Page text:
New review recommends further Government support for self-employed

new independent review has provided a number of recommendations to the Government to consider in order to improve the prospects of the UK’s self-employed.

A key aim of the review was to understand the motivations and challenges of the self-employed across the UK so the Government can better support them.

Is there a lack of finance knowledge among the self-employed?

Conducted independently by fashion entrepreneur Julie Deane OBE, the report makes a number of key recommendations, as well as outlining the need for the private sector to recognise the increasing economic potential of the self-employed.

Julie Deane said: “With record numbers representing 15% of the workforce and growing, the self-employed is a diverse and important sector. Having long been part of this group I wanted my recommendations to be both practical and impactful.”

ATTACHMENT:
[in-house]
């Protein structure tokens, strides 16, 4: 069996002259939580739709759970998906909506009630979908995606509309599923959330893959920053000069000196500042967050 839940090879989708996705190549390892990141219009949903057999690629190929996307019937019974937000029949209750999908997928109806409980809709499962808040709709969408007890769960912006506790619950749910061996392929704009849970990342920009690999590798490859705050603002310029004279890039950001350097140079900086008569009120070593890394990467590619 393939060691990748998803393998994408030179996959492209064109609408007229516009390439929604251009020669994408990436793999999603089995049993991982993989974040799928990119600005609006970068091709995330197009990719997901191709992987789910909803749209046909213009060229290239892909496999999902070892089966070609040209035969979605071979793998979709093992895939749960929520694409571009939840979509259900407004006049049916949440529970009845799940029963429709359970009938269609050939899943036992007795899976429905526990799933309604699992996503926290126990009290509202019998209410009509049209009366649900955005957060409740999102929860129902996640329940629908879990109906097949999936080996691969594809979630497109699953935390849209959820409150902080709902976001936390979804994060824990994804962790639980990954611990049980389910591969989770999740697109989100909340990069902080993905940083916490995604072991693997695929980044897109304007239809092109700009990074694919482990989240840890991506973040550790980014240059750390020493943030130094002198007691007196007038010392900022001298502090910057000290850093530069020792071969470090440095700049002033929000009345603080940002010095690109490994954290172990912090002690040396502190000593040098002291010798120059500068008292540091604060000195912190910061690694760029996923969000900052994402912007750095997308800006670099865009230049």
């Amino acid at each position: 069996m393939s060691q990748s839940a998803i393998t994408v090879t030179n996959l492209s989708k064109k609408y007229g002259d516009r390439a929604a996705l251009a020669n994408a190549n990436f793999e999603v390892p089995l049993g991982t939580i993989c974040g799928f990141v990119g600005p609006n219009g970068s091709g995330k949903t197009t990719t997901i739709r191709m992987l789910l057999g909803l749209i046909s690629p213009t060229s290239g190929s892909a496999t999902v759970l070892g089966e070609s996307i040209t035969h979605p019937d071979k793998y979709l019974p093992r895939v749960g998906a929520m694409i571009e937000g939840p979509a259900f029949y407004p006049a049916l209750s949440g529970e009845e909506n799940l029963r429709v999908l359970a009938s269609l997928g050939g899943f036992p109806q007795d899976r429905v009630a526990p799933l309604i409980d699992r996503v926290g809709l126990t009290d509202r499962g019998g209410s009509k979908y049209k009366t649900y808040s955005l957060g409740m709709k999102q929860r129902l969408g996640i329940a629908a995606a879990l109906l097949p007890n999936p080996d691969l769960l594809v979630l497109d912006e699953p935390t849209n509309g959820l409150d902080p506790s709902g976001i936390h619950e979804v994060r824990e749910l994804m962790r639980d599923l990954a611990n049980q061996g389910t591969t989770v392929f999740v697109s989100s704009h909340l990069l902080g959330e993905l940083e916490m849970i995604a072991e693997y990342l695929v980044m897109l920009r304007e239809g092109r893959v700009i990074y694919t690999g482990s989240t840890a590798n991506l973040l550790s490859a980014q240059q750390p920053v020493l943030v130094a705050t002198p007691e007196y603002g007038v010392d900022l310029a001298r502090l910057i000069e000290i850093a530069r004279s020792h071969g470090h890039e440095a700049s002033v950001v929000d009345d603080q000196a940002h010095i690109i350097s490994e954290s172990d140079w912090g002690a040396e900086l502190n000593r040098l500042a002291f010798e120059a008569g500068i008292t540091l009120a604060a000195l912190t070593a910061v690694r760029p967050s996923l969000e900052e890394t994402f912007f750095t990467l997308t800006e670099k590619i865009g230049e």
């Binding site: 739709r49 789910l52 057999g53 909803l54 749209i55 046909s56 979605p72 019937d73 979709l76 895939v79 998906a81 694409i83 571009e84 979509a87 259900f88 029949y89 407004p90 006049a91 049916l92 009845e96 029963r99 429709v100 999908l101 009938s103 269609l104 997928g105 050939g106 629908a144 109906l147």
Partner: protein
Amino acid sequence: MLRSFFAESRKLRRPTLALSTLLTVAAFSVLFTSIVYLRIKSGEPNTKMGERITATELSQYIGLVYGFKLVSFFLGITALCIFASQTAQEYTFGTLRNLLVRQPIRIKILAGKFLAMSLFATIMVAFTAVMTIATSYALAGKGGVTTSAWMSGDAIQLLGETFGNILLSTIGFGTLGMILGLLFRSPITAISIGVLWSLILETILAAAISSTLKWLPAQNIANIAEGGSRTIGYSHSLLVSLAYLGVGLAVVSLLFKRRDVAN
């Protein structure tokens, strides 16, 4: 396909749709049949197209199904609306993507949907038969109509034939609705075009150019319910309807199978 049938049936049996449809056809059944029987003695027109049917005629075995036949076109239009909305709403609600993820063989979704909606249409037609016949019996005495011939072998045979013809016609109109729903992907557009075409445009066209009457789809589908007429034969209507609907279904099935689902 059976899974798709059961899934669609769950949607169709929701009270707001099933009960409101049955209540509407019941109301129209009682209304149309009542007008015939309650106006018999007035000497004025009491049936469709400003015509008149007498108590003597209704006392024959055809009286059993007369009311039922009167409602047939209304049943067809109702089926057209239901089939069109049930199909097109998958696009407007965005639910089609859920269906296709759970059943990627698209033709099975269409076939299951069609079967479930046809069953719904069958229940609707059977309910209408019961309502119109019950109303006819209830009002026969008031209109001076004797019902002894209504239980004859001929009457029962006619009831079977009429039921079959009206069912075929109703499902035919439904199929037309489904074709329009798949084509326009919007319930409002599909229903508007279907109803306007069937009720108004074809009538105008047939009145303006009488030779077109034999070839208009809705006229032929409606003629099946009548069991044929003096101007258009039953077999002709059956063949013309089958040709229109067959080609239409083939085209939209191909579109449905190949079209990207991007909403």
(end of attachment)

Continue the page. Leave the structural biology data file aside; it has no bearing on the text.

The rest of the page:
During the review many self-employed talked about their concerns around a lack of knowledge regarding finance, cash flow, bookkeeping and taxation.

Taxation – an administrative burden?

In fact, although outside the remit of the review, taxation was repeatedly raised by all of those interviewed by Deane – as an administrative burden and a barrier to growth.

These are skills that would benefit many adults regardless of their employment status.

It is important that the advice and support available is as accessible as possible. We are pleased the review cited this website (the ICAEW Business Advice Service) as a great source of such information.

Key recommendations

The review also suggests:

  • While there is advice and support available on it, the official Government website isn’t easy to navigate or use and they should consider reviewing how well information is signposted for the self-employed
  • More flexible financial solutions for the self-employed should be offered, and trade organisations should play a key a role in signposting these
  • The location and availability of shared work spaces should be better communicated, and consideration should be given to incorporating such spaces in local libraries and community centres.

To download the review go here.